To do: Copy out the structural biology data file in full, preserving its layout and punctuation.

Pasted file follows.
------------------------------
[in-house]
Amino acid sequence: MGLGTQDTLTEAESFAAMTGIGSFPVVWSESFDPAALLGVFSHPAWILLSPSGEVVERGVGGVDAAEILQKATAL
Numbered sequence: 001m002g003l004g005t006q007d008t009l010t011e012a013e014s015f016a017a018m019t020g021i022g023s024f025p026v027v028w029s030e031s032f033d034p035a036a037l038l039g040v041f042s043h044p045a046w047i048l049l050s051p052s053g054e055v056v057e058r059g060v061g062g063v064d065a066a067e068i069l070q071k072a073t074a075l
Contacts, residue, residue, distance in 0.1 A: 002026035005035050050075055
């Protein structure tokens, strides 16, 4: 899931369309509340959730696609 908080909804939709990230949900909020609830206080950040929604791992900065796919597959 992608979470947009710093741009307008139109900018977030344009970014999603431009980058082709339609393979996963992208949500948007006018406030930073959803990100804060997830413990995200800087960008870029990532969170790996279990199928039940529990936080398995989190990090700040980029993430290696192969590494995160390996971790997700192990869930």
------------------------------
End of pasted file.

[in-house]
Amino acid sequence: MGLGTQDTLTEAESFAAMTGIGSFPVVWSESFDPAALLGVFSHPAWILLSPSGEVVERGVGGVDAAEILQKATAL
Numbered sequence: 001m002g003l004g005t006q007d008t009l010t011e012a013e014s015f016a017a018m019t020g021i022g023s024f025p026v027v028w029s030e031s032f033d034p035a036a037l038l039g040v041f042s043h044p045a046w047i048l049l050s051p052s053g054e055v056v057e058r059g060v061g062g063v064d065a066a067e068i069l070q071k072a073t074a075l
Contacts, residue, residue, distance in 0.1 A: 002026035005035050050075055
């Protein structure tokens, strides 16, 4: 899931369309509340959730696609 908080909804939709990230949900909020609830206080950040929604791992900065796919597959 992608979470947009710093741009307008139109900018977030344009970014999603431009980058082709339609393979996963992208949500948007006018406030930073959803990100804060997830413990995200800087960008870029990532969170790996279990199928039940529990936080398995989190990090700040980029993430290696192969590494995160390996971790997700192990869930």